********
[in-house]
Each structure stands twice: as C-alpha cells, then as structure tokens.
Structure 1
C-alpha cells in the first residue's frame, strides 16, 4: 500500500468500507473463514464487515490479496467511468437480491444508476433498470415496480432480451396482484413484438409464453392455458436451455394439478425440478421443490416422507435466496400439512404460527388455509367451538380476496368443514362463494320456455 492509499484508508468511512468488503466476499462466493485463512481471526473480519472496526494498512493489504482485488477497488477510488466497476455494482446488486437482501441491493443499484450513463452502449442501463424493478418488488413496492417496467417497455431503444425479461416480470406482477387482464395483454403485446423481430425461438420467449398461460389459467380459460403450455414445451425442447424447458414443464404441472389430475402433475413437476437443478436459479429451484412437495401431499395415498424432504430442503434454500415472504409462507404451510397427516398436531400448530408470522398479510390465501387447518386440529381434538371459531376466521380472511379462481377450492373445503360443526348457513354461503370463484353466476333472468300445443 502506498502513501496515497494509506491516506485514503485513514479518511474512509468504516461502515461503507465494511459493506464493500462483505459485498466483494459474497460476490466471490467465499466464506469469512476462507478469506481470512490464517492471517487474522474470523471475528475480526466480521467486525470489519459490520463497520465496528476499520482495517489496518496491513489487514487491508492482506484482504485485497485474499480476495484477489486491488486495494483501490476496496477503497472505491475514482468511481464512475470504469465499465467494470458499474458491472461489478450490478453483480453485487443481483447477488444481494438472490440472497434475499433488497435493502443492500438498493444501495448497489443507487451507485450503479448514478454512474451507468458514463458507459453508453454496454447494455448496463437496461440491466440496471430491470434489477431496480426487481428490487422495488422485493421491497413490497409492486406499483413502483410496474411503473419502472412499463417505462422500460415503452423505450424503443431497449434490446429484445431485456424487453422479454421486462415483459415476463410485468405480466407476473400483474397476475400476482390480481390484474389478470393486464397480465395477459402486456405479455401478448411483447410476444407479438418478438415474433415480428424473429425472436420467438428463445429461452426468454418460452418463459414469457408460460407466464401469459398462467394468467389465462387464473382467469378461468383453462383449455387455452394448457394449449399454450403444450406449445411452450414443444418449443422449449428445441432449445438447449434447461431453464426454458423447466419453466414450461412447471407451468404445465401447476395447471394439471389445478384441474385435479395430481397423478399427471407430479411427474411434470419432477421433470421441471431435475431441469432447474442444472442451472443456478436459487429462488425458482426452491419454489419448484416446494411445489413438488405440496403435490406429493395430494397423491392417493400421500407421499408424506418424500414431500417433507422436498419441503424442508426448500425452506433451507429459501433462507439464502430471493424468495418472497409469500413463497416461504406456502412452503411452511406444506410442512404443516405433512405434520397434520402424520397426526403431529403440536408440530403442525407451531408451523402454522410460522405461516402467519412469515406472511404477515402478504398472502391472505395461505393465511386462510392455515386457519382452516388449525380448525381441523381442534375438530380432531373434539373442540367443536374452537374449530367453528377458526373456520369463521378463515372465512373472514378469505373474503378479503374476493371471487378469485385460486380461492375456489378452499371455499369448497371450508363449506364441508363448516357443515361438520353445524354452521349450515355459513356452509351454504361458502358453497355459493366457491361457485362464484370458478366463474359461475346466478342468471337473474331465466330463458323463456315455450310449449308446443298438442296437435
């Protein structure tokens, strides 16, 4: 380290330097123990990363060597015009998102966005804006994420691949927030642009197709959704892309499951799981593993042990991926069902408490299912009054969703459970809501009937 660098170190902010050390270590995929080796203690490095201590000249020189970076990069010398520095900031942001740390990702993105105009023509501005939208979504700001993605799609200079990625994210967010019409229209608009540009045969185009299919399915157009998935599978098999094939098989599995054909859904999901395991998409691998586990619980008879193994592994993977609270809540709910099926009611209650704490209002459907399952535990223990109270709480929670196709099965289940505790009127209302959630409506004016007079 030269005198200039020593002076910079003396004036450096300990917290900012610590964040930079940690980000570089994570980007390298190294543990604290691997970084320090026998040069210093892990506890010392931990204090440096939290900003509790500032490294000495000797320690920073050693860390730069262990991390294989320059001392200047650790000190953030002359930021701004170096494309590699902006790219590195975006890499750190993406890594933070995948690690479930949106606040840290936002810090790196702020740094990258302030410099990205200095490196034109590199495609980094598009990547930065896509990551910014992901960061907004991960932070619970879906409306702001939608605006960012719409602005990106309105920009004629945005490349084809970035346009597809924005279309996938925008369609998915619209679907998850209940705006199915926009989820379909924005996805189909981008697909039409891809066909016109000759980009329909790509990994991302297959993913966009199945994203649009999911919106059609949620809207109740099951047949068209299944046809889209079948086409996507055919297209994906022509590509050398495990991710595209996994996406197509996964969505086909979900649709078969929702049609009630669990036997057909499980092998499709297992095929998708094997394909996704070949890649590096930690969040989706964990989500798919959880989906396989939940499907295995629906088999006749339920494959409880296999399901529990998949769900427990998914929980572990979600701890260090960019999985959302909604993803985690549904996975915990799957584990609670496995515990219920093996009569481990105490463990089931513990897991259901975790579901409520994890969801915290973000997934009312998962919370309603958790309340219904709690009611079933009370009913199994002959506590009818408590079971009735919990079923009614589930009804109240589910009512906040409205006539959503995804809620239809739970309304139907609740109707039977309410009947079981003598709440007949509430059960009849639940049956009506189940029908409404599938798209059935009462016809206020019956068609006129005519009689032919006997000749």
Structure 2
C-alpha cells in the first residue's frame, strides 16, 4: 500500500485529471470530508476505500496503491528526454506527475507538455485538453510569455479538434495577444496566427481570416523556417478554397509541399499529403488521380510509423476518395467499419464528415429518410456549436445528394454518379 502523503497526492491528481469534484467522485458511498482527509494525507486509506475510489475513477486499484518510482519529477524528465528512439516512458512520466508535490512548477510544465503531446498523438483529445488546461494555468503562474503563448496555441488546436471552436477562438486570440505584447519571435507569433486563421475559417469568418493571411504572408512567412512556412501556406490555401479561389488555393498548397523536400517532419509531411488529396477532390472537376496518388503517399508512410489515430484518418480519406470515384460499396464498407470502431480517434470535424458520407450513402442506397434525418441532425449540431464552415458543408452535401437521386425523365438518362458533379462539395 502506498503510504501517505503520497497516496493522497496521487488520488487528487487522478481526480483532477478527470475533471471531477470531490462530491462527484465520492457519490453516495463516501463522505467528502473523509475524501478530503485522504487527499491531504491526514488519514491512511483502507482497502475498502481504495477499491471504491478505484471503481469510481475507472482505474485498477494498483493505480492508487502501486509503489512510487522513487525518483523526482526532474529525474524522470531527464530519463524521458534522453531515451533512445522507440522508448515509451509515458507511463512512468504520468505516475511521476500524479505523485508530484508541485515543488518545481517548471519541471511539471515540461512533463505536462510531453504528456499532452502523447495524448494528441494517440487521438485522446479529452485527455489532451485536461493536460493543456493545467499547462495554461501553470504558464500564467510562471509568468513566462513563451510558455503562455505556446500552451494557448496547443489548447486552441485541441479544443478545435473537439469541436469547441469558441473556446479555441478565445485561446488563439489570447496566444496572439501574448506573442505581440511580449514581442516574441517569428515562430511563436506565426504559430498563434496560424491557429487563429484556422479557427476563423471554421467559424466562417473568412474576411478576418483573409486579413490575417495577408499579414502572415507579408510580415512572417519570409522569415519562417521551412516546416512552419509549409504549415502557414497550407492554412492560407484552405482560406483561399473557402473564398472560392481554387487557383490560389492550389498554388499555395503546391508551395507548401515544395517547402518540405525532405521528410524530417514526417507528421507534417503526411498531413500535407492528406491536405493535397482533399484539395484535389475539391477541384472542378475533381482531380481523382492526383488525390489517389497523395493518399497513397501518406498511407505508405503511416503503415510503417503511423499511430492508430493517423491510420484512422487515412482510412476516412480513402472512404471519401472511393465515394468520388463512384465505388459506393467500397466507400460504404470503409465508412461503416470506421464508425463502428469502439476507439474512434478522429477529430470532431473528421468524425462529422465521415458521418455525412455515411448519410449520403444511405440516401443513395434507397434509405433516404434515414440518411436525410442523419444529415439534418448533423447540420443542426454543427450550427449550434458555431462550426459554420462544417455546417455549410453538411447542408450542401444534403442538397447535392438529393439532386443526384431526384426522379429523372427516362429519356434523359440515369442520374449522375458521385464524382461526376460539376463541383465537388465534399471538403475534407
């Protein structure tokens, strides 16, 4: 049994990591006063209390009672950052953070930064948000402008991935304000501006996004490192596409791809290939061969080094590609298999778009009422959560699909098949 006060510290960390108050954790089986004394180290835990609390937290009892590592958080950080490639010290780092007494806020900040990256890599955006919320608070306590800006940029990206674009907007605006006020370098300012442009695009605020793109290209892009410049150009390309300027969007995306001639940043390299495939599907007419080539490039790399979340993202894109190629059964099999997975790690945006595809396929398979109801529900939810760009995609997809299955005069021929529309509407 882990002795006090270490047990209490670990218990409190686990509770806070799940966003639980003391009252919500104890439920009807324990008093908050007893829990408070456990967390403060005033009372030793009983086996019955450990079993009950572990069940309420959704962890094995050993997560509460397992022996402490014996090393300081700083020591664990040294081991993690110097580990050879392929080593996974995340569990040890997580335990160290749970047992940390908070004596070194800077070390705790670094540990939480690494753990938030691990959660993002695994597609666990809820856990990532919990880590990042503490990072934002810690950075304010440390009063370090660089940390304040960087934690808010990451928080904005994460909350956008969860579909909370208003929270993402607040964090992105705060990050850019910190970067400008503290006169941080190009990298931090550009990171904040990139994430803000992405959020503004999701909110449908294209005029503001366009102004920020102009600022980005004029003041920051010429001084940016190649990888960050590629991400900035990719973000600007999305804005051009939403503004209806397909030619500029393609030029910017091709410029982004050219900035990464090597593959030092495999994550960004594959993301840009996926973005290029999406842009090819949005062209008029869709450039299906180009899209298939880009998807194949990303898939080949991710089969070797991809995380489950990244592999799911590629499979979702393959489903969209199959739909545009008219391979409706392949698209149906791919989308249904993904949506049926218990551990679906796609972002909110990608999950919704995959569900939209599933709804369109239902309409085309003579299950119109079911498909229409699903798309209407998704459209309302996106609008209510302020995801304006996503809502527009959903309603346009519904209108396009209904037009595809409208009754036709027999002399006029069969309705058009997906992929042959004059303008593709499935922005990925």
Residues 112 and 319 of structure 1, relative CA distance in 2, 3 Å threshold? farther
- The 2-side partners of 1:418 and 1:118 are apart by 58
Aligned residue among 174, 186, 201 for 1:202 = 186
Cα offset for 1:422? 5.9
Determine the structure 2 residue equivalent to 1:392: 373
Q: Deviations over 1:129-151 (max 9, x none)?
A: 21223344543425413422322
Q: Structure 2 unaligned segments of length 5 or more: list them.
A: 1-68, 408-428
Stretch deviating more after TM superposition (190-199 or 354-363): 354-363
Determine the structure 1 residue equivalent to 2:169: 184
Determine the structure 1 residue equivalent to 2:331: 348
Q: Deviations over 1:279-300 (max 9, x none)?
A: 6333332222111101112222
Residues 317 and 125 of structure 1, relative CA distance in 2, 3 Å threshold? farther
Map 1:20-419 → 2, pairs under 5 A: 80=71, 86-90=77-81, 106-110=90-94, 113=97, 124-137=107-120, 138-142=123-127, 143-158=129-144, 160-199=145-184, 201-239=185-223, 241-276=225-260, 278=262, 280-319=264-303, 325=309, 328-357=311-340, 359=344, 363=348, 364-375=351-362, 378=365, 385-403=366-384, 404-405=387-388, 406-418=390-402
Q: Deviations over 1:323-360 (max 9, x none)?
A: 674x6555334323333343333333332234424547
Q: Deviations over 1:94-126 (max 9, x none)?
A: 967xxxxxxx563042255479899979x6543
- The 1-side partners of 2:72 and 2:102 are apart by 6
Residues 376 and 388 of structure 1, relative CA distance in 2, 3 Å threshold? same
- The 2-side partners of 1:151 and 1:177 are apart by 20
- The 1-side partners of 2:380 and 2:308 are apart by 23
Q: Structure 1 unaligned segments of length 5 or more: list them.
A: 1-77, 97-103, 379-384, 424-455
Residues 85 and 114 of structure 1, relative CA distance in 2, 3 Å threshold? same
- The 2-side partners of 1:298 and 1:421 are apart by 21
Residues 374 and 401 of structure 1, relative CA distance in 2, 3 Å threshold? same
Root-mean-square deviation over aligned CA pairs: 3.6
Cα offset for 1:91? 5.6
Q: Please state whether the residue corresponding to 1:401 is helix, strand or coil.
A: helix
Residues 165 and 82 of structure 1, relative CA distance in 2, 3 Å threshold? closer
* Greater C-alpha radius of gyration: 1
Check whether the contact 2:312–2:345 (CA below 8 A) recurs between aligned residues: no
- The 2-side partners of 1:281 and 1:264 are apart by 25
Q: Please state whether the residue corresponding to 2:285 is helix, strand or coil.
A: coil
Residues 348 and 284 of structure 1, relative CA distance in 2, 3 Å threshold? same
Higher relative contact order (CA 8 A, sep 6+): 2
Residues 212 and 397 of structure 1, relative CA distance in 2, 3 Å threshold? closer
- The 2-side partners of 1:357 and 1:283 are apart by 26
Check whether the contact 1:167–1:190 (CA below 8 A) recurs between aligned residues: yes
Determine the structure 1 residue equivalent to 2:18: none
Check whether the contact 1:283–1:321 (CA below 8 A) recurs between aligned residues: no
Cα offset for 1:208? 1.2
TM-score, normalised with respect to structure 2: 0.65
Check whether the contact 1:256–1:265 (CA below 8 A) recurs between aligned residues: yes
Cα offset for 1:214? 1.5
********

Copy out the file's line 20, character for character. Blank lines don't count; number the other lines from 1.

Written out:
Determine the structure 1 residue equivalent to 2:331: 348